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‘Mini Stroke’ Is Serious Warning Sign
Make lifestyle changes to help avoid life-altering consequences.
Q: My father-in-law had a "mini stroke." What is that?
"It's called a transient ischemic stroke, or TIA. When deprived even briefly of blood, oxygen and nutrients, brain cells begin to die. With a TIA, the blocked artery is caused by a clot that usually lasts less than five minutes, typically without causing permanent brain damage," says board-certified cardiologist Rohan Wagle, M.D. "However, I characterize a TIA as a 'warning stroke' to be taken seriously as it significantly increases the risk of having a complete stroke with life-altering consequences."
"Sudden onset of symptoms, though short-lived, usually include temporary loss of vision; difficulty speaking; and weakness, numbness or tingling on one side of the body," Dr. Wagle says. "Lingering symptoms, such as lightheadedness, could take longer to subside."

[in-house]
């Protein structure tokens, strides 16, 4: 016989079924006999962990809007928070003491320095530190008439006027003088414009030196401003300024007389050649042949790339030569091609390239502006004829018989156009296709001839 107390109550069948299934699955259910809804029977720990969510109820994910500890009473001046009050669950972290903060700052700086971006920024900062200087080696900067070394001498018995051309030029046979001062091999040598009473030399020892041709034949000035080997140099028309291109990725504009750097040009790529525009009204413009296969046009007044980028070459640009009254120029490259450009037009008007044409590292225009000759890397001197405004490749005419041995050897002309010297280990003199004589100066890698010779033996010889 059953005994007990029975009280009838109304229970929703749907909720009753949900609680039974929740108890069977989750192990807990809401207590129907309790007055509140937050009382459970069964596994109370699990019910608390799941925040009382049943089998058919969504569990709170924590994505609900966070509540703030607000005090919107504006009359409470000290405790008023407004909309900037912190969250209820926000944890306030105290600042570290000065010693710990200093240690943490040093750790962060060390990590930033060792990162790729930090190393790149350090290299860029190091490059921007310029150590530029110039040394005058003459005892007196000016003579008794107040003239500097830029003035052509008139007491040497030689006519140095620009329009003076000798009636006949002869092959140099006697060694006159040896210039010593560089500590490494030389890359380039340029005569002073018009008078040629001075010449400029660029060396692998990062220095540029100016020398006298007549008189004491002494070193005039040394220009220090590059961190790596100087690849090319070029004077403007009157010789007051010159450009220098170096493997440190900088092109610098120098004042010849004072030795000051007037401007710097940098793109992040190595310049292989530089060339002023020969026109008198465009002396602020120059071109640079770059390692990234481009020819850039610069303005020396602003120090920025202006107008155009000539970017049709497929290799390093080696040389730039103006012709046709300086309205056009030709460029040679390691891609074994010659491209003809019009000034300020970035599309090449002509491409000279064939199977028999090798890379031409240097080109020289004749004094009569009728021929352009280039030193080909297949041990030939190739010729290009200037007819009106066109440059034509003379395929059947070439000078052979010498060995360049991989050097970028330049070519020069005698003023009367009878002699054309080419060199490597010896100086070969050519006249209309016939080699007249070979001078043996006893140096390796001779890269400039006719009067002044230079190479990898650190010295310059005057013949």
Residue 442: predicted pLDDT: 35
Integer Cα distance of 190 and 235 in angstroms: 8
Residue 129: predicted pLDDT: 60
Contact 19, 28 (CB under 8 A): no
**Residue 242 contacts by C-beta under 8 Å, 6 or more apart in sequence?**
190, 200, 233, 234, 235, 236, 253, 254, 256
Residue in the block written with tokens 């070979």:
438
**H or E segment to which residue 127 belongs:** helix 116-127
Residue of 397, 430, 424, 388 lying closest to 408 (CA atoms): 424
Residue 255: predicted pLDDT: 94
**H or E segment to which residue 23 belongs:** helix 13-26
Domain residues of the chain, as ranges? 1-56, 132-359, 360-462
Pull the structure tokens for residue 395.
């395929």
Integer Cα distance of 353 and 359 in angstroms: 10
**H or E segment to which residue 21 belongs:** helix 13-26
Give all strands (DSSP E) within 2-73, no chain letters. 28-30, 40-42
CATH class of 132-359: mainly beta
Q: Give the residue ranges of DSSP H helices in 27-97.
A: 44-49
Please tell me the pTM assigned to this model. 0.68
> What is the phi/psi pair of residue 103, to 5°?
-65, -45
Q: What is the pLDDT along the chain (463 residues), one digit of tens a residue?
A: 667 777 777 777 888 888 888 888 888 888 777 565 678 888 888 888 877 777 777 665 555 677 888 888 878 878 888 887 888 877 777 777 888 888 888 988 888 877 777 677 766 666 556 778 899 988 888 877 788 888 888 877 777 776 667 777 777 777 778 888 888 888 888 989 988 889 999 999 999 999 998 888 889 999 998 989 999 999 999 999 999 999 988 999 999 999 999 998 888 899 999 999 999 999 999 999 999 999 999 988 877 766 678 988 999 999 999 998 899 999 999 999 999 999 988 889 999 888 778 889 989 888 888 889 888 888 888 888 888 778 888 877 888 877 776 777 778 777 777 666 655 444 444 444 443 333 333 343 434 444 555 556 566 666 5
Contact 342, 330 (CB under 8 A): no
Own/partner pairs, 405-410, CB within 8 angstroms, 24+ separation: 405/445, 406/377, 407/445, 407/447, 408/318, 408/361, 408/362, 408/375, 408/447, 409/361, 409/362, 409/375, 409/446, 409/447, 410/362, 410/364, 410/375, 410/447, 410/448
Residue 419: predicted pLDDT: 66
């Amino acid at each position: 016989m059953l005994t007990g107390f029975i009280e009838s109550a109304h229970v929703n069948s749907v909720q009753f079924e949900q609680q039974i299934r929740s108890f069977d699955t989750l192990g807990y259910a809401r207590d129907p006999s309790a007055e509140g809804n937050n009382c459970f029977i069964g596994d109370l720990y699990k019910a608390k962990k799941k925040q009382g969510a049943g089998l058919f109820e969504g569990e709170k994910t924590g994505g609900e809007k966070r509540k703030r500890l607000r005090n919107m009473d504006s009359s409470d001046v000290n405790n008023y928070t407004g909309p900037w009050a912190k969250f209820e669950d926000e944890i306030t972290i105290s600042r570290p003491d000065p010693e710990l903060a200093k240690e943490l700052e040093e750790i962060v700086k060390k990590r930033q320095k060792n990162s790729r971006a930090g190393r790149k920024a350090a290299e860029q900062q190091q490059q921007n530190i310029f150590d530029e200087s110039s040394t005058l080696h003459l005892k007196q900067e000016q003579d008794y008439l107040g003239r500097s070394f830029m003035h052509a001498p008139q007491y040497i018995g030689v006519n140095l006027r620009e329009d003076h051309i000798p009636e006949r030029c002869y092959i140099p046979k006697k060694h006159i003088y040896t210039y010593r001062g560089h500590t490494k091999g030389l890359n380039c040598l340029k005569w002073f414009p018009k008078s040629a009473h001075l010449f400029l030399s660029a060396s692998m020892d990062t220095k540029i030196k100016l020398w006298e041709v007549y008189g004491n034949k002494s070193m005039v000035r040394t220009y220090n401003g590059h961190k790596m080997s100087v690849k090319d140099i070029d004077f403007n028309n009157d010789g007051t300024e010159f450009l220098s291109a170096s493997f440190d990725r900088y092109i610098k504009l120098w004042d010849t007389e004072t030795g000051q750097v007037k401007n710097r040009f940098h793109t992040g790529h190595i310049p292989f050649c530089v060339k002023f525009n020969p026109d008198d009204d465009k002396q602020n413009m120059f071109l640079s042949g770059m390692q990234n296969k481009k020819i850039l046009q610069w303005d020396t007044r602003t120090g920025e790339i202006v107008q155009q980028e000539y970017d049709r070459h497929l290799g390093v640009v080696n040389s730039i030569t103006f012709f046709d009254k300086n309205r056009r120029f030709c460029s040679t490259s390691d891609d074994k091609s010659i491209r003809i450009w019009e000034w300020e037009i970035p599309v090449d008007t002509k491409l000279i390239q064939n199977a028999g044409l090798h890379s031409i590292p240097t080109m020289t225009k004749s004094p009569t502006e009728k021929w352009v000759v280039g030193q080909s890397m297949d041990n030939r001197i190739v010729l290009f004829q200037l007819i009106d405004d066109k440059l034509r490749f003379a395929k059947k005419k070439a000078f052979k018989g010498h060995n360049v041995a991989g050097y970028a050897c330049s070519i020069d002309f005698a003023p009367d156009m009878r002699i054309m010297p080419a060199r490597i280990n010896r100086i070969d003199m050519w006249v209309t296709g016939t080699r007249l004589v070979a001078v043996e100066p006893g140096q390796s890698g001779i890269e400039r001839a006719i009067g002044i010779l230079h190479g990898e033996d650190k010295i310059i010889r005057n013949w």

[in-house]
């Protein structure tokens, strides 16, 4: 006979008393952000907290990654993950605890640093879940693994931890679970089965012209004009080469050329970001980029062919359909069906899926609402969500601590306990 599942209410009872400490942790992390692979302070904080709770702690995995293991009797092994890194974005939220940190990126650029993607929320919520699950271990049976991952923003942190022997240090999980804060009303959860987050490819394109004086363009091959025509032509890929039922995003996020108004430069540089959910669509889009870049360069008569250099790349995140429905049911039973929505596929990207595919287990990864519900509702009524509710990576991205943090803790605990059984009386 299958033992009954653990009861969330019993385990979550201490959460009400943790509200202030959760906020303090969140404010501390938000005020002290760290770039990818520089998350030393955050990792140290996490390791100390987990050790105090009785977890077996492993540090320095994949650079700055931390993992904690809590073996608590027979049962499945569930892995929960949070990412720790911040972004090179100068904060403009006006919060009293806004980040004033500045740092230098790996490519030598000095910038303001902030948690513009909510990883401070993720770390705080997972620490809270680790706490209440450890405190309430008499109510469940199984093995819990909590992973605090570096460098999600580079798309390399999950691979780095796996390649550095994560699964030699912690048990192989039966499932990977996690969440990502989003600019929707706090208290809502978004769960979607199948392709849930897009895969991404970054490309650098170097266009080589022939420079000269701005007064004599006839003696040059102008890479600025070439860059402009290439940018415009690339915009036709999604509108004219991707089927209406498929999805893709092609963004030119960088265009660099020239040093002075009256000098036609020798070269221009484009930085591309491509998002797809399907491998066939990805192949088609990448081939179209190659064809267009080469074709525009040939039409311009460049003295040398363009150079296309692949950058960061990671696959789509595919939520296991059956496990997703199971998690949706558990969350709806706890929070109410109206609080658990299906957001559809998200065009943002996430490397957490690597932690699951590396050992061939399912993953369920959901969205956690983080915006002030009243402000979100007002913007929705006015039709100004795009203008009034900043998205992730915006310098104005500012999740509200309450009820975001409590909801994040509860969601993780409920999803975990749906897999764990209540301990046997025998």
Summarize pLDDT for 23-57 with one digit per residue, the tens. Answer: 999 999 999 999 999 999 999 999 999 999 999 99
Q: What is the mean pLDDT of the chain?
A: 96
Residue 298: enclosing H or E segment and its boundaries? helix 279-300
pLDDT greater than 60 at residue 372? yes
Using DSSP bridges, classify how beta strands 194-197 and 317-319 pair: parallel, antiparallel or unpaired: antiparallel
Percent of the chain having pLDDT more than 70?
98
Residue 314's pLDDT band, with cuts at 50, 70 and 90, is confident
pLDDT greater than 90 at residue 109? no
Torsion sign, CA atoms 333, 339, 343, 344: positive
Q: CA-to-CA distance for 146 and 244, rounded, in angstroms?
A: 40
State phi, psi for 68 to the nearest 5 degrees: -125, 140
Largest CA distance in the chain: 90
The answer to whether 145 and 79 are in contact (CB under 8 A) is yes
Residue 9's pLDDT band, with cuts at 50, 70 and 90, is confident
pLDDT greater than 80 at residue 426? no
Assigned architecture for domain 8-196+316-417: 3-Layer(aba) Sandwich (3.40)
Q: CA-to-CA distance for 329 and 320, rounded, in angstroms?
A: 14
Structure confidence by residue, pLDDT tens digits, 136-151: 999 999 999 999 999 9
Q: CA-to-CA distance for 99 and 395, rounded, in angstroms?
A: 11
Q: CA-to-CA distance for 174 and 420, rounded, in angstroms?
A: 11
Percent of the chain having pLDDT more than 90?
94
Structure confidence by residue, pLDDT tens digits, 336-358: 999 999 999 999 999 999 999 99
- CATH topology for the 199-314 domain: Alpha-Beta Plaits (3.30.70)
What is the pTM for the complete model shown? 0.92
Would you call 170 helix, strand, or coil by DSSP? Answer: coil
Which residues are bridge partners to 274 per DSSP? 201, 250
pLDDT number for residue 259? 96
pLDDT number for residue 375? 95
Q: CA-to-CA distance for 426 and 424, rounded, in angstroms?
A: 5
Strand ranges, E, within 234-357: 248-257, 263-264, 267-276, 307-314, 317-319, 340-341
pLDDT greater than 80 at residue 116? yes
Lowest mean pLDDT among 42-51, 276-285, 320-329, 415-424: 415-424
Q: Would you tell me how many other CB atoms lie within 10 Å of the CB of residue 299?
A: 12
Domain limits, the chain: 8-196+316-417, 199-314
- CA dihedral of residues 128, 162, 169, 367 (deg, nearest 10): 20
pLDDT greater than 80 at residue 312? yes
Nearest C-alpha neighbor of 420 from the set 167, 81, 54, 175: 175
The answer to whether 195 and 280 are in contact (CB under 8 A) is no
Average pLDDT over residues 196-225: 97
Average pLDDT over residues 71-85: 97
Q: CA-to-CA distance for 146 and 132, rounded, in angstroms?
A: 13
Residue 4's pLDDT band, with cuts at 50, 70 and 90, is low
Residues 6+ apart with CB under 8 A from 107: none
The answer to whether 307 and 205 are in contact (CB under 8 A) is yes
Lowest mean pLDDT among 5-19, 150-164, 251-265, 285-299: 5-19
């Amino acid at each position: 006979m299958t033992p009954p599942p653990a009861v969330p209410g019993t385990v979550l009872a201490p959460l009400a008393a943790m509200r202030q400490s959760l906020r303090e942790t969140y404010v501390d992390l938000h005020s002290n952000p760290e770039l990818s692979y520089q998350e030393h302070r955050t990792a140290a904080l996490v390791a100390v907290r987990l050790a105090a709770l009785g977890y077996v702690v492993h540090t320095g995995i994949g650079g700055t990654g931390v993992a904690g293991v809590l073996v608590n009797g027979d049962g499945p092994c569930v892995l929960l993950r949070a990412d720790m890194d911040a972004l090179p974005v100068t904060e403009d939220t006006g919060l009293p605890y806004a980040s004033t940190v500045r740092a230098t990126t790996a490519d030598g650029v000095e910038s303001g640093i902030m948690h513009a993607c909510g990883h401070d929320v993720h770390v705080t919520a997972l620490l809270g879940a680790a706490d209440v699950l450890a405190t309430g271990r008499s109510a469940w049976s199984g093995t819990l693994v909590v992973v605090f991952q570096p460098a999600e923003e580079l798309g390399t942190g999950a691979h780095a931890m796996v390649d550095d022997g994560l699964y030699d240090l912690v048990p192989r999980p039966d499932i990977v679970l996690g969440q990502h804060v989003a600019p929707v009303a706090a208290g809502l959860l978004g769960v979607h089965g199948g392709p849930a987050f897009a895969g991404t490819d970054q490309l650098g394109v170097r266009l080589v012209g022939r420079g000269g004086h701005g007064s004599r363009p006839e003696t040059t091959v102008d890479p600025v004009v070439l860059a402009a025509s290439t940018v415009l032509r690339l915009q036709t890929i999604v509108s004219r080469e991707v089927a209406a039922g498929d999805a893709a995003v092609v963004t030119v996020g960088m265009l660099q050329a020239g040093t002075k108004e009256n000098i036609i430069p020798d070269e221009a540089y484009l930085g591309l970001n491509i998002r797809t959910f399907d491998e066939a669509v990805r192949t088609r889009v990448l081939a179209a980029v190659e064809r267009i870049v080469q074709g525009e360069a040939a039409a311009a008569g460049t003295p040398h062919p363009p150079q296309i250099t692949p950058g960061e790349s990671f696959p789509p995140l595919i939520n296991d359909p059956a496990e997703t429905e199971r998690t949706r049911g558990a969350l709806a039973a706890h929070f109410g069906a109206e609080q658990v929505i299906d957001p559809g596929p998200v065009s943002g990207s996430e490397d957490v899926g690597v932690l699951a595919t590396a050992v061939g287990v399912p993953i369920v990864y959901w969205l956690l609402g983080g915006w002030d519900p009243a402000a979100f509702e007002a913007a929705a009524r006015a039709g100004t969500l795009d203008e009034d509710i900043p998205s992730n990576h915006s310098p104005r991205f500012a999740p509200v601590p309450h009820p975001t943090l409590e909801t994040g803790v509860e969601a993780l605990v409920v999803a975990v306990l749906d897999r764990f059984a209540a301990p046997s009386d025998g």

Are you at risk?
Dr. Wagle says risk factors include:
- A family history of stroke or TIA.
- Uncontrolled high blood pressure. Having diabetes.
- Using tobacco.
- Frequent headaches.
He says studies suggest lifestyle changes that may reduce risks include:
- Avoiding tobacco.
- Eating healthy high-fiber foods, while limiting sodium and fats.
- Exercising regularly – not just being a weekend warrior.
- Maintaining a healthy weight.
- Controlling blood pressure and glucose level.
"Regular medical exams that identify and address risk factors in the early stages can help reduce the occurrence of strokes and other cardiovascular calamities," concludes Dr. Wagle.
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